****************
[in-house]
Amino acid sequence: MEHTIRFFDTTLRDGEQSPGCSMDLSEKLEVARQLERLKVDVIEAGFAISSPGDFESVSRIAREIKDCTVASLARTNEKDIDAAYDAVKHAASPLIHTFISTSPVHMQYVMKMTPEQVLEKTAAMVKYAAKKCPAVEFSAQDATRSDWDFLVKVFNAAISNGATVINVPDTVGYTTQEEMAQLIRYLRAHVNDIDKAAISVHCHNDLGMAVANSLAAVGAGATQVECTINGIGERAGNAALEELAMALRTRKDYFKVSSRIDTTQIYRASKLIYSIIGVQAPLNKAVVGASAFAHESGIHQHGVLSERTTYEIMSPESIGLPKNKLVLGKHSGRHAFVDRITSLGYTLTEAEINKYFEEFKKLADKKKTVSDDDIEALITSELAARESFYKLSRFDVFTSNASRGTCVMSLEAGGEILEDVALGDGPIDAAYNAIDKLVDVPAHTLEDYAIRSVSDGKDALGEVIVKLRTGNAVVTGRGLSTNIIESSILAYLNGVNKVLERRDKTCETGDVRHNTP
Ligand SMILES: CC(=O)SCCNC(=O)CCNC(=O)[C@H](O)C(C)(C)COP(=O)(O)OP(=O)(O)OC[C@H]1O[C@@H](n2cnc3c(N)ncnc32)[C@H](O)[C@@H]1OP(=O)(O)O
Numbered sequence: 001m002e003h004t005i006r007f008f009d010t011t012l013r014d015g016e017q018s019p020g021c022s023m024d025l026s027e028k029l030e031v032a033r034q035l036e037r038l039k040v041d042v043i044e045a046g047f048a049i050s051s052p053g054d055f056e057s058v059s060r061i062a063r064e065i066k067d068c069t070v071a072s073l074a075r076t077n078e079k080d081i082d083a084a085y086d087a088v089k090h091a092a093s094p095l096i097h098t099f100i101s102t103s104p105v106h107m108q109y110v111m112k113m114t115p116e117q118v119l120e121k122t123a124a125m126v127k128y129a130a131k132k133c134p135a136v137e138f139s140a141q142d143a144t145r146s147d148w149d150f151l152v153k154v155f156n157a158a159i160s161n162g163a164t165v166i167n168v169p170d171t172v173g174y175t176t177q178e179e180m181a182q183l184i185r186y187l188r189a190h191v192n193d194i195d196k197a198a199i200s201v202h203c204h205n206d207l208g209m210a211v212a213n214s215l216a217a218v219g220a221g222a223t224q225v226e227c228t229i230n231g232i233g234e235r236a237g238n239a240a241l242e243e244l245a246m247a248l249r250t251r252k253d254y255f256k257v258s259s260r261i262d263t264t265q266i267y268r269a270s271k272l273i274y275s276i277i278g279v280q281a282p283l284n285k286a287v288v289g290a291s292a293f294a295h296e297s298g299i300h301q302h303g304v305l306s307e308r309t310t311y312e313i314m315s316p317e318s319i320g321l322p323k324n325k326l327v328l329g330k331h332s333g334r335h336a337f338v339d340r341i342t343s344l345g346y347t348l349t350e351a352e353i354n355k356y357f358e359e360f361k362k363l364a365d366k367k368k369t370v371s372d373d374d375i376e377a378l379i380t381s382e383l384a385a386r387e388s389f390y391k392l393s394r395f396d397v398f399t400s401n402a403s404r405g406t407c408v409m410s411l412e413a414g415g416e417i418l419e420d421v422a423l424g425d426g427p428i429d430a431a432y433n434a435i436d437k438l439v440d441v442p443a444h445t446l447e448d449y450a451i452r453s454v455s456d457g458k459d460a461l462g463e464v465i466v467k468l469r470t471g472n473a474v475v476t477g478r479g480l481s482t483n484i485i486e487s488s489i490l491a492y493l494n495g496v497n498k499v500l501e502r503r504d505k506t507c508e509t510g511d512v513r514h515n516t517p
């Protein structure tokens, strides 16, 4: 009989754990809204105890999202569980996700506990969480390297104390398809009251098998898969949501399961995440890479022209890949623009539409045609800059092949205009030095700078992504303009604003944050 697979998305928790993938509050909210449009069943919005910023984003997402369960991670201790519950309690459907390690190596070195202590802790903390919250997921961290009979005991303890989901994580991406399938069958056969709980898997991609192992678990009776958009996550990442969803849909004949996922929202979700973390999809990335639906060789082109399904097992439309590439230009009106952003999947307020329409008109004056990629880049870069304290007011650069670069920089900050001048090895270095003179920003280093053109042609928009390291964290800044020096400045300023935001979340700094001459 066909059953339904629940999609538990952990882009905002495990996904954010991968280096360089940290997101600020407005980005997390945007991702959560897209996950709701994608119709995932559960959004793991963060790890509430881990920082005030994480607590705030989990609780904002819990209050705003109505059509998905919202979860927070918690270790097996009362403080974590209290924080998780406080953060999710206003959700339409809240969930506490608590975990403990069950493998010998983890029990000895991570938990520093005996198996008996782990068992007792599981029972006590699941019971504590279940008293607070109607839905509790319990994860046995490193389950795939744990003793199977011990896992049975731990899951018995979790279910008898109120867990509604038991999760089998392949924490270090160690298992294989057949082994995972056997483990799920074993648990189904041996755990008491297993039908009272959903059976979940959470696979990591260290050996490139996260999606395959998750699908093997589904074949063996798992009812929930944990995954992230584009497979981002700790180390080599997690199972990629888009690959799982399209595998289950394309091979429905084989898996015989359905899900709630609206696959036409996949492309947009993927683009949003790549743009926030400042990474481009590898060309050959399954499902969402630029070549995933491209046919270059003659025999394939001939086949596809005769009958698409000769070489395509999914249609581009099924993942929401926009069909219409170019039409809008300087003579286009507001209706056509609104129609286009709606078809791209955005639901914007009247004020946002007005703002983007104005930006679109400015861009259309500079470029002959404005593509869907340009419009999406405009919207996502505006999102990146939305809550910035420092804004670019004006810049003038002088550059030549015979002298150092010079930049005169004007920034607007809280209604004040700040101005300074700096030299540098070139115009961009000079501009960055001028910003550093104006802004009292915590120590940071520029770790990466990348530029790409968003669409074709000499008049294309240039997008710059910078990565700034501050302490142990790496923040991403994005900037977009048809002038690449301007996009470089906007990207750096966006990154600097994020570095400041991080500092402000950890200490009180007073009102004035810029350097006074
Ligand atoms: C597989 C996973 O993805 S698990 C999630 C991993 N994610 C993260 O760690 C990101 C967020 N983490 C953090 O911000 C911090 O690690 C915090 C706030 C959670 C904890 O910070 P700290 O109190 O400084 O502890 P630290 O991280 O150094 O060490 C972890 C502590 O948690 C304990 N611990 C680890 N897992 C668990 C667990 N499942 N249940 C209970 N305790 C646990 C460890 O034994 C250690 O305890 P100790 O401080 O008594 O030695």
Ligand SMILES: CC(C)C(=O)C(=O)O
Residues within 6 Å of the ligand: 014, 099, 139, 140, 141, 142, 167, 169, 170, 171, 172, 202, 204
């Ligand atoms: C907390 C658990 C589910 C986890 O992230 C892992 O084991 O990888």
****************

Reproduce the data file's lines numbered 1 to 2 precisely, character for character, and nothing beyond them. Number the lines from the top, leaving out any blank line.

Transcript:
[in-house]
Amino acid sequence: MEHTIRFFDTTLRDGEQSPGCSMDLSEKLEVARQLERLKVDVIEAGFAISSPGDFESVSRIAREIKDCTVASLARTNEKDIDAAYDAVKHAASPLIHTFISTSPVHMQYVMKMTPEQVLEKTAAMVKYAAKKCPAVEFSAQDATRSDWDFLVKVFNAAISNGATVINVPDTVGYTTQEEMAQLIRYLRAHVNDIDKAAISVHCHNDLGMAVANSLAAVGAGATQVECTINGIGERAGNAALEELAMALRTRKDYFKVSSRIDTTQIYRASKLIYSIIGVQAPLNKAVVGASAFAHESGIHQHGVLSERTTYEIMSPESIGLPKNKLVLGKHSGRHAFVDRITSLGYTLTEAEINKYFEEFKKLADKKKTVSDDDIEALITSELAARESFYKLSRFDVFTSNASRGTCVMSLEAGGEILEDVALGDGPIDAAYNAIDKLVDVPAHTLEDYAIRSVSDGKDALGEVIVKLRTGNAVVTGRGLSTNIIESSILAYLNGVNKVLERRDKTCETGDVRHNTP